The Low Carb Program, which is free if you are given an access code by your GP or nurse, is a platform available in the UK that helps you make lifestyle changes that can improve your health. You can personalise the information you receive. The app covers sleep, stress, mental health, blood glucose testing, cholesterol and stopping smoking, as well as recipes and meal plans for weight loss.
Changing Health is another app for people aged over 18 who have type 2 diabetes, which you can access following a referral from your GP. It helps you manage your physical activity, diet and weight.
Managing insulin, medication and blood glucose
With so much going on in our lives, it can be easy to forget to take medications or attend appointments. However, it's important to take your medications, injections or treatments when necessary to avoid complications.
If insulin injections or medications are missed, complications can include hypoglycaemia - blood sugar levels which are too low - and ketoacidosis - a serious complication that occurs when your body produces high levels of blood acids called ketones. Longer-term complications include heart disease, stroke, kidney disease and eye problems, which can potentially lead to loss of vision.
The thought of injecting each day can be daunting, but once you get the hang of it, it becomes a manageable part of life. Apps can make managing insulin easier by allowing you to log when you have taken your medication, set reminders and check your blood glucose.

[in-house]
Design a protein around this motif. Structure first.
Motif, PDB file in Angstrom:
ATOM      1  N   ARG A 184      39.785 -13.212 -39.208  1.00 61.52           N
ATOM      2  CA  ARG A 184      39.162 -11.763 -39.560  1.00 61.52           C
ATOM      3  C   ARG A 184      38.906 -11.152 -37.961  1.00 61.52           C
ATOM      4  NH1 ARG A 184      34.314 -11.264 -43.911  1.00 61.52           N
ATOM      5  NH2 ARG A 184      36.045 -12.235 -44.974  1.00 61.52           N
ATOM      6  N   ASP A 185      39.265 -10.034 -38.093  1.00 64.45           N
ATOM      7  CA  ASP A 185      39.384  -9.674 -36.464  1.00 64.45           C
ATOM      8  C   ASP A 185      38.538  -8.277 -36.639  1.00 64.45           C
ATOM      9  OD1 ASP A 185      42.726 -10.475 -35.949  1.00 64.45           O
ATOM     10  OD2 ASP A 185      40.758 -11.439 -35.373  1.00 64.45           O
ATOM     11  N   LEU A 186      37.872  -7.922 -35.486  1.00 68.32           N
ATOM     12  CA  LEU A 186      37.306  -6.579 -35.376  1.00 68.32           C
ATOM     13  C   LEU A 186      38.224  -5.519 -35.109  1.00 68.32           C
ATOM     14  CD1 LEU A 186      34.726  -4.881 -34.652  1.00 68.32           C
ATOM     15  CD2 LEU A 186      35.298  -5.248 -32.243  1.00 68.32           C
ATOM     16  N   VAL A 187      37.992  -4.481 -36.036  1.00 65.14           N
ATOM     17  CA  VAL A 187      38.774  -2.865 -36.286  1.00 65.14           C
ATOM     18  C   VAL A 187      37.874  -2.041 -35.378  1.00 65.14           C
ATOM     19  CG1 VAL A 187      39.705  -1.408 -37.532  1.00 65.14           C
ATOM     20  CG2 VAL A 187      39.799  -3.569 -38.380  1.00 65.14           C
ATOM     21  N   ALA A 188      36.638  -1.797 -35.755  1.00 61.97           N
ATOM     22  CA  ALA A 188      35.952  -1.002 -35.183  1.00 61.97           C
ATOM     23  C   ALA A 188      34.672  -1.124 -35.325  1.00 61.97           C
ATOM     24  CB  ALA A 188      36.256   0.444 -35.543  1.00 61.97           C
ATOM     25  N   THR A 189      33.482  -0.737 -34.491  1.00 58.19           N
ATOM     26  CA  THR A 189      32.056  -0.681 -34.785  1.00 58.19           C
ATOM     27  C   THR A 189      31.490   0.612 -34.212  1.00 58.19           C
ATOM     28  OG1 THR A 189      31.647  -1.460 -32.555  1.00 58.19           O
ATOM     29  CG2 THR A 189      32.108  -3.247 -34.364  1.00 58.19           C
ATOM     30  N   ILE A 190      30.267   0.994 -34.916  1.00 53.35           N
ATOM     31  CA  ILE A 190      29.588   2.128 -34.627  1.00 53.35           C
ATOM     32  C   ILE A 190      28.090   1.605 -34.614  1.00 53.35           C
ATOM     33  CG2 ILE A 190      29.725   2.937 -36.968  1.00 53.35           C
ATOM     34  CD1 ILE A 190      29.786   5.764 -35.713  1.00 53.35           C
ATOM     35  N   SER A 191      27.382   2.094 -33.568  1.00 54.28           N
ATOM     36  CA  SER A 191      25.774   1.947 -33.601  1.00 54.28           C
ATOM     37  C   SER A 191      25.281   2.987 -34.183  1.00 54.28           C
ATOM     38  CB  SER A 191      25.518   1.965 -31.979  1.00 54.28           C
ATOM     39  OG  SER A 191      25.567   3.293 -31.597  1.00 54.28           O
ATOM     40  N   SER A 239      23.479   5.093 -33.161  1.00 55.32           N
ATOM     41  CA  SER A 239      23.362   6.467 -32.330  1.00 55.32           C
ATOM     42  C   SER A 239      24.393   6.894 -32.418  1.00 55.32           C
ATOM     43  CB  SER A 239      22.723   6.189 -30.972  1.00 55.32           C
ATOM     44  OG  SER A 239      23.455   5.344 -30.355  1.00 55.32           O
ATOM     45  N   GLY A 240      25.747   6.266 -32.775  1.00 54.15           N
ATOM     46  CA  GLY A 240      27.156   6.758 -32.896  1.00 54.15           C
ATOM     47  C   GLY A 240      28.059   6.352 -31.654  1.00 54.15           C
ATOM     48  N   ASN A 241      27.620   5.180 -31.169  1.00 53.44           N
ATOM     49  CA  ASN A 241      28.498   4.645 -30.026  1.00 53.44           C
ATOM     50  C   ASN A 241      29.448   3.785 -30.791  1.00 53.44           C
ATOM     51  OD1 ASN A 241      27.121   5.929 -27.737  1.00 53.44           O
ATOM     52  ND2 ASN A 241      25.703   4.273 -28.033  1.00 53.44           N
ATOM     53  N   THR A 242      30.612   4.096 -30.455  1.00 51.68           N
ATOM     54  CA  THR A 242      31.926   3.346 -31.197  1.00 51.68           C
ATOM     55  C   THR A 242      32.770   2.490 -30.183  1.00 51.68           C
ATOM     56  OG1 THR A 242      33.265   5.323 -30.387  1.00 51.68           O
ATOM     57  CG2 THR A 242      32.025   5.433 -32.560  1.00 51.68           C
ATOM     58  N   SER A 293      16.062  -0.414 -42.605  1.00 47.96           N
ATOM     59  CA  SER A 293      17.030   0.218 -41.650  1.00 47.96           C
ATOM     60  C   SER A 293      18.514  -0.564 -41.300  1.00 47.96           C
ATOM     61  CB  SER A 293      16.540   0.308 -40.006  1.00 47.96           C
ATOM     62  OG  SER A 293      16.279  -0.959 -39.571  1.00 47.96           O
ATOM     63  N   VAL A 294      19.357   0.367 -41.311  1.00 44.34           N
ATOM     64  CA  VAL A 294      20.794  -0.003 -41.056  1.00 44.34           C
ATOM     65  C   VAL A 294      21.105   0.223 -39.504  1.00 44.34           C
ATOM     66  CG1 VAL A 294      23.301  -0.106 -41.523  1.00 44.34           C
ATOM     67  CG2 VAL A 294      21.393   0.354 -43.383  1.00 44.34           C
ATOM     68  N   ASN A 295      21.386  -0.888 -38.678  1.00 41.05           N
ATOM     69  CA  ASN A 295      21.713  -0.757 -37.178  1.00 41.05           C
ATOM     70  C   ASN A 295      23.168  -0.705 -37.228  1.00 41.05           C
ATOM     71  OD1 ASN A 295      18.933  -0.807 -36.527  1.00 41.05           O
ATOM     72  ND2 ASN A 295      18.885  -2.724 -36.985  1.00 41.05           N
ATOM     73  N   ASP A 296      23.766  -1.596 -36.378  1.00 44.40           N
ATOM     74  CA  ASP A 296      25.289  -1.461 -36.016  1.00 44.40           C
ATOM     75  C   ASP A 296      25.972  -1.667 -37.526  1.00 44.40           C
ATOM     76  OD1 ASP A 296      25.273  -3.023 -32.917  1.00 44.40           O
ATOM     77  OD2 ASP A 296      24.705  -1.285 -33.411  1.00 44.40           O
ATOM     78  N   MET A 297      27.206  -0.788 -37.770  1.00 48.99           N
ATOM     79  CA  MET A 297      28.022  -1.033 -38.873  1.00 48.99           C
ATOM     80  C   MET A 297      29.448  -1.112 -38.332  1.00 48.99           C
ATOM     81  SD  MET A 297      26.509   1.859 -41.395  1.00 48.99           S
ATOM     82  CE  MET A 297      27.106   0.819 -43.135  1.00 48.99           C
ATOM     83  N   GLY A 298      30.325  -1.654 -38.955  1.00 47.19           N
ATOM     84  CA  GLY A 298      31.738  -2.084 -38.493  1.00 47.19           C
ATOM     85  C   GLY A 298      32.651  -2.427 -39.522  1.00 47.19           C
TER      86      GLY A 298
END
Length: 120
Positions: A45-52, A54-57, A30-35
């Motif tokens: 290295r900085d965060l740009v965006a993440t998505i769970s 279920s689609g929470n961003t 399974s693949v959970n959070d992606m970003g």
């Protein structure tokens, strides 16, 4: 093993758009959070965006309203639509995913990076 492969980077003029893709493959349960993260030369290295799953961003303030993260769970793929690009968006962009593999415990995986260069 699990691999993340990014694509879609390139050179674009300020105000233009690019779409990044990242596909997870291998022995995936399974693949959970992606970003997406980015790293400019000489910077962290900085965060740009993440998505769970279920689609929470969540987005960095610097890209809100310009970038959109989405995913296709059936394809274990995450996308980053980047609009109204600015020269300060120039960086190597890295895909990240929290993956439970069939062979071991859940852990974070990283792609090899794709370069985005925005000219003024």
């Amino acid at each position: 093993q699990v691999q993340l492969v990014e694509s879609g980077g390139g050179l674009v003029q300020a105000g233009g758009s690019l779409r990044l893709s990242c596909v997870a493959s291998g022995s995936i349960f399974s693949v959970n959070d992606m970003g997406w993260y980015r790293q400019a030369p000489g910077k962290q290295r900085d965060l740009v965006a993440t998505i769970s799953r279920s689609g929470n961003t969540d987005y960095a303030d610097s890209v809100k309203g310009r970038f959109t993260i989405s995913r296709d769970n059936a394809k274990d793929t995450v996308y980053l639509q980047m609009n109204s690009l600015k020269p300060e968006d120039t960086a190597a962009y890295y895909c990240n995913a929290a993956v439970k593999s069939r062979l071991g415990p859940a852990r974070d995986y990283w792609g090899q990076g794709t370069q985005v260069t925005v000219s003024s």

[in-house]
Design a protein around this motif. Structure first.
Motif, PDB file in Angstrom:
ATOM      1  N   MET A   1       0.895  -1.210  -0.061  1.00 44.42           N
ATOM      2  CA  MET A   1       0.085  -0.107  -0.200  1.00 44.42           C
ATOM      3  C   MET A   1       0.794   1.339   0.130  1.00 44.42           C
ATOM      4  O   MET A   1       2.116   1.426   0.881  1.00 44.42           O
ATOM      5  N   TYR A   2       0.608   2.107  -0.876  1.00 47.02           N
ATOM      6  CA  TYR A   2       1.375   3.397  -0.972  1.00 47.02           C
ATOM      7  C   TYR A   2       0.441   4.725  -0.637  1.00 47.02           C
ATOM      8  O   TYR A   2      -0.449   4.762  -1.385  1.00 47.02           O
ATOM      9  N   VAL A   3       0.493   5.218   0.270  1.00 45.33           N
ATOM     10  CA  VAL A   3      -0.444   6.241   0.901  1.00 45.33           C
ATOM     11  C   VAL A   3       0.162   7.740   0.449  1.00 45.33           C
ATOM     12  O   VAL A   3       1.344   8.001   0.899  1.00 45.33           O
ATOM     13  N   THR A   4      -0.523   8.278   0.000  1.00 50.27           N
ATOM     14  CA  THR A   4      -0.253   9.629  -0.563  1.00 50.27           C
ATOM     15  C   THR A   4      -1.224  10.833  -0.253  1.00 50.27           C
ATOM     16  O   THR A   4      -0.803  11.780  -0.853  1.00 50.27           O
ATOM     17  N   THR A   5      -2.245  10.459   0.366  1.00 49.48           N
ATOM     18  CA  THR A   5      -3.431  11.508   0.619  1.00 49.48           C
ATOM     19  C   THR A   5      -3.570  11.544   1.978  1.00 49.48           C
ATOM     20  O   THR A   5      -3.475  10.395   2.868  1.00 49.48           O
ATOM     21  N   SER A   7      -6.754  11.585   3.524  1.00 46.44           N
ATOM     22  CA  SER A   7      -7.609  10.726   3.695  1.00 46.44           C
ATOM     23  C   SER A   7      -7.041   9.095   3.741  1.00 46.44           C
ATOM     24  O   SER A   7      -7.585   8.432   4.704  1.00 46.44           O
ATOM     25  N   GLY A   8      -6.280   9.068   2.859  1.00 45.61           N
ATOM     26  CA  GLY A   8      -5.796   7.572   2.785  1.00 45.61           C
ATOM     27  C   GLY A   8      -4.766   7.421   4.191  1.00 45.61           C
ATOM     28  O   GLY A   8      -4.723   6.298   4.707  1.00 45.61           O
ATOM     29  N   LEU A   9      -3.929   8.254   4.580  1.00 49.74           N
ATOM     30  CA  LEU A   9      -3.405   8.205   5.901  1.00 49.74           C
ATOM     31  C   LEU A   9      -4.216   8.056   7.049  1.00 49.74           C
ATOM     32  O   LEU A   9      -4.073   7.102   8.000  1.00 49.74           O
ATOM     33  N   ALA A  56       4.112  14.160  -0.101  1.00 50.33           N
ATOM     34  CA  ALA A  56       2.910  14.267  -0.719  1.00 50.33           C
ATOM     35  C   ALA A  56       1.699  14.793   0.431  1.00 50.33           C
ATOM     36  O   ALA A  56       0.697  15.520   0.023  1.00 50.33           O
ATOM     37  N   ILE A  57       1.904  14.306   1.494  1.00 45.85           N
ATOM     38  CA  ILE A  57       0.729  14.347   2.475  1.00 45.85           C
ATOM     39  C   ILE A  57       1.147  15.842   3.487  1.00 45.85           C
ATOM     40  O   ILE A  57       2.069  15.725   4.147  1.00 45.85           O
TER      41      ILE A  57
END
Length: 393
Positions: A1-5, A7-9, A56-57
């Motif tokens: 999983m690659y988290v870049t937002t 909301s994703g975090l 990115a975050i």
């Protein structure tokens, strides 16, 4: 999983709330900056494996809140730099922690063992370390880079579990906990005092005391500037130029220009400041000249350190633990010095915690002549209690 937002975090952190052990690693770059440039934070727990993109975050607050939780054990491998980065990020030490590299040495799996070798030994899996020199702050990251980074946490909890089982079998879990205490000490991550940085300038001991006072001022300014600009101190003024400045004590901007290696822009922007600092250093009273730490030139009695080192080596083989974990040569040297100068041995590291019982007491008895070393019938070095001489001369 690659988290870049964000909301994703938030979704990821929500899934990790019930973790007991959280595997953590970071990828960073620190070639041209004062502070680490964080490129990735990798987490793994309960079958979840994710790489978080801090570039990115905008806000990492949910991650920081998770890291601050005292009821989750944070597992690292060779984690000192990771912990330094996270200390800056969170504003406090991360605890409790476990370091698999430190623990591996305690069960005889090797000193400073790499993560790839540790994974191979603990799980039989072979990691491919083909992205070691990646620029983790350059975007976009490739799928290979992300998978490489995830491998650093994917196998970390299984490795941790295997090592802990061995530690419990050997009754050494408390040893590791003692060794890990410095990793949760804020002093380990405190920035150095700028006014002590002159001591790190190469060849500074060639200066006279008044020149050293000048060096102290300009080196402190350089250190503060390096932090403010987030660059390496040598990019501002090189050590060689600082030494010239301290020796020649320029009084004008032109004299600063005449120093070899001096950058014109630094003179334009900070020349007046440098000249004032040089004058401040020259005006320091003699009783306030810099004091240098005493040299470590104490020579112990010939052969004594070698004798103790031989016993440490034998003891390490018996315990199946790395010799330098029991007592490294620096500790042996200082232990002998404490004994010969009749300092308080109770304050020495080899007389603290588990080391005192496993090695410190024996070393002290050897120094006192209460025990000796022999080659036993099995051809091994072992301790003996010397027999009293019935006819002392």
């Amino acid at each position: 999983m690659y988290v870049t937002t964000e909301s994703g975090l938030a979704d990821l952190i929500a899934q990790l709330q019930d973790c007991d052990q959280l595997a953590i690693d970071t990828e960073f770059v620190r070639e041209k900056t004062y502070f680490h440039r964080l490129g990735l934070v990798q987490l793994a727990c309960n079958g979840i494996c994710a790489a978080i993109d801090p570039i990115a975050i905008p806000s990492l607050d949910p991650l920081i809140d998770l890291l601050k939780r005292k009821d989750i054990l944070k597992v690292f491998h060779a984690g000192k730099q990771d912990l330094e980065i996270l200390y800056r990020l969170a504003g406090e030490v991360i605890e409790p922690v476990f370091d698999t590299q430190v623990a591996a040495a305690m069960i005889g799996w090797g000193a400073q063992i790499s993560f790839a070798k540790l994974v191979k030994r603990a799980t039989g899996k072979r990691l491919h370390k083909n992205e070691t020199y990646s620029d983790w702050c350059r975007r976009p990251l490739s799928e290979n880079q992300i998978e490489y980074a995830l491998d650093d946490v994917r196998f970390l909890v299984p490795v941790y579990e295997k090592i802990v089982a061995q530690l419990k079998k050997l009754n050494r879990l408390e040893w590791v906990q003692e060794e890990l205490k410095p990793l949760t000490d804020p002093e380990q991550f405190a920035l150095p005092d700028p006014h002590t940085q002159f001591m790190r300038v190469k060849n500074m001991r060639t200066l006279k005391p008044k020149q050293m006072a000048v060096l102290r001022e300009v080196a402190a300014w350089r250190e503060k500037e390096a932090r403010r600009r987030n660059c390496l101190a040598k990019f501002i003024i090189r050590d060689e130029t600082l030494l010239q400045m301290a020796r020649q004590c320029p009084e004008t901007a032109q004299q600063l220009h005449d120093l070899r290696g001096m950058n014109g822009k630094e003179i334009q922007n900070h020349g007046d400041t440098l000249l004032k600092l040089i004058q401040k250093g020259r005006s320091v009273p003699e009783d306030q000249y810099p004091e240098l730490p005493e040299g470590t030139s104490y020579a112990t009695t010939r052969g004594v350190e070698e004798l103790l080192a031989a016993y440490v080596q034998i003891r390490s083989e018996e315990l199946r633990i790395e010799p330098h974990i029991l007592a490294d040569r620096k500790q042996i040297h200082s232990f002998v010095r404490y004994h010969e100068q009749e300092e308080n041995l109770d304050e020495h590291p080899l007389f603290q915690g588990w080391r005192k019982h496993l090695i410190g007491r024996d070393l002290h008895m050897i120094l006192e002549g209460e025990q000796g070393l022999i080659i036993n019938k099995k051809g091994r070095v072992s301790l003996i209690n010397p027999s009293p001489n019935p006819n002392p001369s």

You can track your progress and activity, access workouts, find meal plans and create shopping lists to help you stay on track with your diet.
The Mumoactive app is one option for tracking type 1 diabetes. It allows you to add your diabetes values quickly and easily to keep track of blood sugar, carbohydrates and insulin. You can see all your recent results presented in simple graphs and decide what to do next, such as do a test, exercise, eat or take insulin.
Learning about diabetes can make a huge difference to how well you manage your condition. Mapmydiabetes, endorsed by the National Institute for Health and Care Excellence, is an online programme of information, guidance and self-help tools to support people in the management of their type 2 diabetes. The app is free on prescription from your GP.
"Diabetes UK's Learning Zone is a great online tool for people living with all types of diabetes to learn more about their condition and how they can self-manage it," says Howarth.
What are the downsides of using diabetes apps?
Apps can be really helpful, but it's important to remember the pitfalls. Some applications may only be compatible with US blood sugar measurement units, so make sure you check that the app gets the units right for you (mmol/L for UK).
Mobile apps are also constantly evolving, with new software updates being rolled out on a regular basis. These updates can improve user experience, but they can also introduce bugs too.
Some apps allow people with diabetes to meet others for peer support, which can be great for boosting mental well-being. However, it can be easy for misinformation to circulate because of limited moderation in online communities. It's also important to make sure your app comes from a reputable source, too.
"There are hundreds of diabetes-related apps, and it can sometimes be overwhelming to know which one to choose," says Howarth. "The NHS Apps library is also a good place to start, and your clinician can help you find the right diabetes app for you."
For those living with diabetes, the Klinio app is available to download on iOS or Android to help you track and manage your condition and treatment.